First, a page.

What Should Companies do to Actualize Collective Knowledge Management
The Internal Dilemma of Employees Unwilling to Share Knowledge
Managing the accumulated and discrete knowledge in an organization can be tricky. For instance, organizations might have knowledge about processes and projects that are distributed across the organization and not collated and centralized in one repository. This is where an effective knowledge management that centralizes and collects knowledge from across the organization would come in handy.
Further, organizations might have employees who are individually brilliant but are reluctant to share their knowledge with other employees.
Often, it is the case that organizations have star performers who would like to remain competitive by not divulging information. This is the classic case in many contemporary multinationals where individual performers are cagey about sharing their knowledge with others.
Moreover, there are many organizations where the organizational culture is such that employees who are extraordinarily talented are encouraged to file patents and contribute to academic journals and naturally this knowledge does not percolate to the others in the organization until after the patent is approved and made part of the organizational processes. These are some of the dilemmas that organizations face within their precincts as far as knowledge management is concerned.
The External Threats of Knowledge Theft
The other aspect about collective knowledge management is that many organizations are wary of competitors acquiring their expertise that has been developed over years or even decades.
For instance, having a knowledge management system that centralizes all knowledge and providing access to all employees might not be a good idea because of fears over theft of knowledge by those employees who are leaving the organization. Indeed, this is precisely the reason why many organizations carefully check whether the employees are uploading documents and artifacts outside the organization and have the IT services team to monitor such uploads to file sharing sites in order to prevent the leakage of knowledge. This is also the reason why many organizations provide access to knowledge management systems on a need to know basis rather than an umbrella access that would make all employees privy to confidential information.
Moreover, the fact that corporate espionage has increased in recent times where competitors and rivals are using sophisticated methods to steal intellectual property has also raised the concerns of organizations about sharing knowledge and having a knowledge management system that is free for all to share and publish.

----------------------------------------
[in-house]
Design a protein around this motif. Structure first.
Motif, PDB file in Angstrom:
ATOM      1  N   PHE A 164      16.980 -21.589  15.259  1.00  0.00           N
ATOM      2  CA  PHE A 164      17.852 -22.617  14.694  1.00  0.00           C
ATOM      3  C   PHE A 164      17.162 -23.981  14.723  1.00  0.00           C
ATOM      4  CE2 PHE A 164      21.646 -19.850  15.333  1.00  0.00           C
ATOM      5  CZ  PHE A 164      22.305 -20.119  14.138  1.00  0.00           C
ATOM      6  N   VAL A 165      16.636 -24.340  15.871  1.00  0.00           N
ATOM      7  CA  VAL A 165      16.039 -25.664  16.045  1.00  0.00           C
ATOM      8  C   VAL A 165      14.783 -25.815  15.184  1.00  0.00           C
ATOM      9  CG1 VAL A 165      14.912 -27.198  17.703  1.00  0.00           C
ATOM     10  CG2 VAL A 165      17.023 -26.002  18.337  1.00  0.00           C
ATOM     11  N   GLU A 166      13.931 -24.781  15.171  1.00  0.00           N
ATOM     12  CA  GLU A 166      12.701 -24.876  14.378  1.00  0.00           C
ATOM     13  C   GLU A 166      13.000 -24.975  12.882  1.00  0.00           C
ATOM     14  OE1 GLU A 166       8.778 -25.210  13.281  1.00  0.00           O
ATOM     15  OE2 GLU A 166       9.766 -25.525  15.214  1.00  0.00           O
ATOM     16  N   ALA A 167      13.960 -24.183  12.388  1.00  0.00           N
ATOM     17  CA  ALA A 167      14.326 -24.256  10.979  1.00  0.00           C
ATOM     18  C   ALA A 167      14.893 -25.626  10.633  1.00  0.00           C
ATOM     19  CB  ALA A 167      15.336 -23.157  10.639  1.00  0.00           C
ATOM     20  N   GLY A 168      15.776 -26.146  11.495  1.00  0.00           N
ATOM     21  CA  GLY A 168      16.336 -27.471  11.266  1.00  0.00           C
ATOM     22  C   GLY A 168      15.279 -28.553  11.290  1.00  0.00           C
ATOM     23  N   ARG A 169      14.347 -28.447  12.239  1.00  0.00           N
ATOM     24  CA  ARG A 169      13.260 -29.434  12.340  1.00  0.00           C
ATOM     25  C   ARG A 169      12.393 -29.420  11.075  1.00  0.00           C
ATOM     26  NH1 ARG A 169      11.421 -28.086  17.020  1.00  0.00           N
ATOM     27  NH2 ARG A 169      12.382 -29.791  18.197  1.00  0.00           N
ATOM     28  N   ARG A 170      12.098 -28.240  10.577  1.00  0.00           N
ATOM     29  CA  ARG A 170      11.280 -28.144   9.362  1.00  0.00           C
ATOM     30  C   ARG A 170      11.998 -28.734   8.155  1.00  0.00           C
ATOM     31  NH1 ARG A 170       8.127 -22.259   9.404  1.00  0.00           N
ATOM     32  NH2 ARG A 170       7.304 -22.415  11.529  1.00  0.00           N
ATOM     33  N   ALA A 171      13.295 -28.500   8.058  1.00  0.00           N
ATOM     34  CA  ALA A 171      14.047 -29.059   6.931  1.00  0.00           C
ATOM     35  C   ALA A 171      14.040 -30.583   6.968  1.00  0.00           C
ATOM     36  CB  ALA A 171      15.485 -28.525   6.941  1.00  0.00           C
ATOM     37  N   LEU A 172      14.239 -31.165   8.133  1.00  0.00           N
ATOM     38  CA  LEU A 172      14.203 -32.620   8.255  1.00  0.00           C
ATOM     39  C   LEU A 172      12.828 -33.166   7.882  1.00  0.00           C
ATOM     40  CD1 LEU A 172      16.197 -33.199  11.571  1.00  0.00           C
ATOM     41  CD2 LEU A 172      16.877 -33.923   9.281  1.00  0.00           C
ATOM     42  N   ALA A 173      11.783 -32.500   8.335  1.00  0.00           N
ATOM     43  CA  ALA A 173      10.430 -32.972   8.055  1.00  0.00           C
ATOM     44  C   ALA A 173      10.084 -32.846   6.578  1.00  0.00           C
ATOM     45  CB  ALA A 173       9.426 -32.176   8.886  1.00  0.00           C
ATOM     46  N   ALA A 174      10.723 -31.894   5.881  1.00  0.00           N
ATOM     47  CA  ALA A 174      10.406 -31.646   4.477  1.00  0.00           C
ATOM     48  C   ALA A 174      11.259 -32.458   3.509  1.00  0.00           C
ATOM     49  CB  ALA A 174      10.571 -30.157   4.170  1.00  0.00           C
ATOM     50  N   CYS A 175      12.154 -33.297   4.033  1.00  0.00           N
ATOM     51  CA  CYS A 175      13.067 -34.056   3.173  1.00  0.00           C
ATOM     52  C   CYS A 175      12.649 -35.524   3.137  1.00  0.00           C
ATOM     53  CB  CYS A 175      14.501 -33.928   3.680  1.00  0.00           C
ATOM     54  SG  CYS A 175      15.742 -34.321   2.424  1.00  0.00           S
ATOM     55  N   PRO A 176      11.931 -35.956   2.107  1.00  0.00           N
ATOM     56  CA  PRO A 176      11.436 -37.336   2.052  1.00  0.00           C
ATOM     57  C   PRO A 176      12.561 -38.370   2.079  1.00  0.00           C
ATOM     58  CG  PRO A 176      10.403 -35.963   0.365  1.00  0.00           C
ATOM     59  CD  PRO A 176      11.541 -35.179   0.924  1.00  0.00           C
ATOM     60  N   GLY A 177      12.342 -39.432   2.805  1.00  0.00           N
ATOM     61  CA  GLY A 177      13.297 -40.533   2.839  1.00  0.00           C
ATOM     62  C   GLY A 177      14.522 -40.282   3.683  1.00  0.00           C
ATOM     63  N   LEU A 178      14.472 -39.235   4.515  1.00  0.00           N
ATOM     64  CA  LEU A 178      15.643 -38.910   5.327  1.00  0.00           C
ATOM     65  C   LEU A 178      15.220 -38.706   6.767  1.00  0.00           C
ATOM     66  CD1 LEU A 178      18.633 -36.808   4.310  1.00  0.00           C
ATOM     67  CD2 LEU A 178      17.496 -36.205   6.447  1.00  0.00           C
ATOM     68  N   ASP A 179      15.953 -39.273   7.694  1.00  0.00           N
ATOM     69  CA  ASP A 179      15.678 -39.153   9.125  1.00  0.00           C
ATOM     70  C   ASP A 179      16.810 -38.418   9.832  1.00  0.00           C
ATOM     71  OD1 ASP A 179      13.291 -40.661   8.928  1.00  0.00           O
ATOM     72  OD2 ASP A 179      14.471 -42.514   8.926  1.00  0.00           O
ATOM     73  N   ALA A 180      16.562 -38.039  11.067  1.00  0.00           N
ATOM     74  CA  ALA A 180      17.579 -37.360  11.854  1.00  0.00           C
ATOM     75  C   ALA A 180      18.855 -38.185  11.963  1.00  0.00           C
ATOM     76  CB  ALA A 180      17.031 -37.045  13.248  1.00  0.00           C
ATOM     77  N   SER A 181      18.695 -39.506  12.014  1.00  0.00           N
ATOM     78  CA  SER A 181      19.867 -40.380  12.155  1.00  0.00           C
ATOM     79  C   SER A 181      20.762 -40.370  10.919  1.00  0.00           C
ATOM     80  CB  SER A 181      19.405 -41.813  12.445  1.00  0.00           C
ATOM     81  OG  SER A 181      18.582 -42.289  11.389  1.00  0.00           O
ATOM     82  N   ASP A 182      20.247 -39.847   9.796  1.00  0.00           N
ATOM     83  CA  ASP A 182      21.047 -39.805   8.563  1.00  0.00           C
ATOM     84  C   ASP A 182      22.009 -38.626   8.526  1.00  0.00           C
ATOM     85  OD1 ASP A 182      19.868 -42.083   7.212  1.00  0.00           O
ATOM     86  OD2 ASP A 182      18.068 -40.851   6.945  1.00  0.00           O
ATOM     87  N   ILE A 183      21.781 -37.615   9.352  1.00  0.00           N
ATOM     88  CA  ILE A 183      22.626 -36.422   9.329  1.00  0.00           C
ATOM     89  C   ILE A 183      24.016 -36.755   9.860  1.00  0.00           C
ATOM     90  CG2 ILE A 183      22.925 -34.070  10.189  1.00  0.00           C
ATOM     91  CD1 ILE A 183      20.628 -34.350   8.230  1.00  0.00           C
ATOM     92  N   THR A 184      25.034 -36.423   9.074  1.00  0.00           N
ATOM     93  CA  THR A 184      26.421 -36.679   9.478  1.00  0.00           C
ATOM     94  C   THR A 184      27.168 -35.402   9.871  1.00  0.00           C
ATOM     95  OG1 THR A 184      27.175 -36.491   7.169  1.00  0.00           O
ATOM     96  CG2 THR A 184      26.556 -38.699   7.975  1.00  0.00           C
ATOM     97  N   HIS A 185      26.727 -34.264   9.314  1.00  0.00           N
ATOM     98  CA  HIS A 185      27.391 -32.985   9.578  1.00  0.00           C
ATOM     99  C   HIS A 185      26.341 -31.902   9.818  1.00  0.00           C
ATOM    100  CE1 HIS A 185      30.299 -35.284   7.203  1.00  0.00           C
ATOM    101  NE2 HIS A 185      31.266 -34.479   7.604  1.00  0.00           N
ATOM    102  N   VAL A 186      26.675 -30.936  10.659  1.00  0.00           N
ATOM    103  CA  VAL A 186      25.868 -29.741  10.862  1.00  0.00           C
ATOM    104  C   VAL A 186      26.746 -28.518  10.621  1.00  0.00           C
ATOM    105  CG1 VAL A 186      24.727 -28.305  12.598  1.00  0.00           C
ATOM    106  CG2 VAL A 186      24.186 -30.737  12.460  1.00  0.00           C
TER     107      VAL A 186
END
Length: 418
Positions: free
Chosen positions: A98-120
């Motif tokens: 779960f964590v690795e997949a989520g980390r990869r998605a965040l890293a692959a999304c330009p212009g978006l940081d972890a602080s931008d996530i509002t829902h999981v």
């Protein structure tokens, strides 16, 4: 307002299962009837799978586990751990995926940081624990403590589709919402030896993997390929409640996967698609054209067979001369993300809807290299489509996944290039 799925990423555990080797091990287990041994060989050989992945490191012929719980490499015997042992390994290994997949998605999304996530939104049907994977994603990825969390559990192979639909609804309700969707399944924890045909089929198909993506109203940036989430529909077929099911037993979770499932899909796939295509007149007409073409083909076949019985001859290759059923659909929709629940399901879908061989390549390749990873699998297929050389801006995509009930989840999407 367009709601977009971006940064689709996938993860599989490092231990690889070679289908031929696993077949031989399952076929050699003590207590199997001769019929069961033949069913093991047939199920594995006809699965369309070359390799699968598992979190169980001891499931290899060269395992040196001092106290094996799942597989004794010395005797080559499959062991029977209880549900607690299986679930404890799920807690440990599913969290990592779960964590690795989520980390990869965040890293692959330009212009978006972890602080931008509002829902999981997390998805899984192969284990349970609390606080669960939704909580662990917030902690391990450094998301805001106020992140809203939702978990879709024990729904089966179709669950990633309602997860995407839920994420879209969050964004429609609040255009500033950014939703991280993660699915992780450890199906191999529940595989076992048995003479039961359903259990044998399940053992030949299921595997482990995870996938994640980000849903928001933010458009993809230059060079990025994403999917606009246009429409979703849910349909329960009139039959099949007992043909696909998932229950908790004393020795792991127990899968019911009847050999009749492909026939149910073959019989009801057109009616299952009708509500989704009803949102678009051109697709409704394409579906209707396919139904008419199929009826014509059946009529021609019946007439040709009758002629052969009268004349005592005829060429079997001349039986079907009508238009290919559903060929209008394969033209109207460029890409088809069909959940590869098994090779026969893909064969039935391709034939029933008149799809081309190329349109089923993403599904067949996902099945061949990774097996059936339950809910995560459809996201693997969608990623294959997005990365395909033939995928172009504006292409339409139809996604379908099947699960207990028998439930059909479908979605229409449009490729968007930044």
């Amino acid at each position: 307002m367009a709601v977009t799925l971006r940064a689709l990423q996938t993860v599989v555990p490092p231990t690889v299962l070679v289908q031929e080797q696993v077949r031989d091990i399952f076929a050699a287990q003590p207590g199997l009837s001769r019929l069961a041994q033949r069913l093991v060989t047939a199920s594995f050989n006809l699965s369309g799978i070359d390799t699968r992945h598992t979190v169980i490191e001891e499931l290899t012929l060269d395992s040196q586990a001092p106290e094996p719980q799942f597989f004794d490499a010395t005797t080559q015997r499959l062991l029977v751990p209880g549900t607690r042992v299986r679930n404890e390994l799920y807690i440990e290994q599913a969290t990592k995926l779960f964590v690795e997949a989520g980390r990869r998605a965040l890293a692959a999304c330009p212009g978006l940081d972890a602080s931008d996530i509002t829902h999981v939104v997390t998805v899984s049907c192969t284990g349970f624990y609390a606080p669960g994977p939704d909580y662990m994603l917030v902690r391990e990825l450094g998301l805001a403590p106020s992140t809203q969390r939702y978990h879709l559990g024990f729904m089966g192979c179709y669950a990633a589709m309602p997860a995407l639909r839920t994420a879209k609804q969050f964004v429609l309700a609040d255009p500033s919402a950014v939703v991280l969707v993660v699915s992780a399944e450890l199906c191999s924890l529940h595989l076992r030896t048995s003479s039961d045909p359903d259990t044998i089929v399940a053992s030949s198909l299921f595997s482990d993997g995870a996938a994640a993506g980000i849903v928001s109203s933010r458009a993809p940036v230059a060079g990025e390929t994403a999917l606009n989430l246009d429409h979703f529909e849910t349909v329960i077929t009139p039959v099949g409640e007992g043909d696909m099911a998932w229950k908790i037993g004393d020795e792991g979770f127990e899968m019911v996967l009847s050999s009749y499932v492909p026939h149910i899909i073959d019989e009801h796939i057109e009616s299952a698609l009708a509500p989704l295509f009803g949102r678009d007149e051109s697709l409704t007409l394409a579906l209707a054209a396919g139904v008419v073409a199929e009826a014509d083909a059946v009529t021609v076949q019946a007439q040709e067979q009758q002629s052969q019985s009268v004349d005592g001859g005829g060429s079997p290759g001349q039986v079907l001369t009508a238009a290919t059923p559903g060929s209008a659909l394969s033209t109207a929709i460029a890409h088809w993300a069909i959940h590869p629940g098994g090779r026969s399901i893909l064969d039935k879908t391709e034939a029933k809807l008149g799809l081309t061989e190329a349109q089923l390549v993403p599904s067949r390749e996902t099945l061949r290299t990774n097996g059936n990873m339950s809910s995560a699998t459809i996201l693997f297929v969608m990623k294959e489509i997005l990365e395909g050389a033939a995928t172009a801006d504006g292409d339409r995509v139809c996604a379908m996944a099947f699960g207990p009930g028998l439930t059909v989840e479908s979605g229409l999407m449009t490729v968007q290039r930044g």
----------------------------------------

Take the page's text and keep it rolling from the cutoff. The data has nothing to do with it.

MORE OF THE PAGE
Actualizing a Collective Knowledge Management System
Therefore actualizing collective knowledge management is a process that is fraught with risks and hence, caution must be exercised by corporates in developing a knowledge management system.
The three dilemmas of internal competitiveness wherein some star performers are wary of sharing knowledge; the need to maintain external competitiveness where there is a risk of exiting employees taking documents and artifacts with them; and finally, the very real threat of industrial espionage which rivals and competitors engage in means that organizations must have well laid down procedures and policies regarding the sharing of knowledge. This is the reason why top knowledge management companies like 3M and Intel have procedures where knowledge sharing is voluntary and accompanied by mutual gain to the employees and the organization as well as policies that protect patents and intellectual property from plagiarism and theft.
No wonder these organizations are regarded as industry leaders as far as actualizing knowledge management is concerned. Maybe, other organizations can learn from them as well as the example of Infosys that has compartmentalized and departmental access to its knowledge management system.
Finally, the points made in this article do not mean that organizations should not have a free flowing knowledge management system in place.
Rather, the key theme here is that organizations must establish policies and procedures to manage the flow of information and knowledge in such a way that would guarantee against loss of proprietary information and at the same time ensure that there is a lively exchange of knowledge across the organization.
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Authorship/Referencing - About the Author(s)
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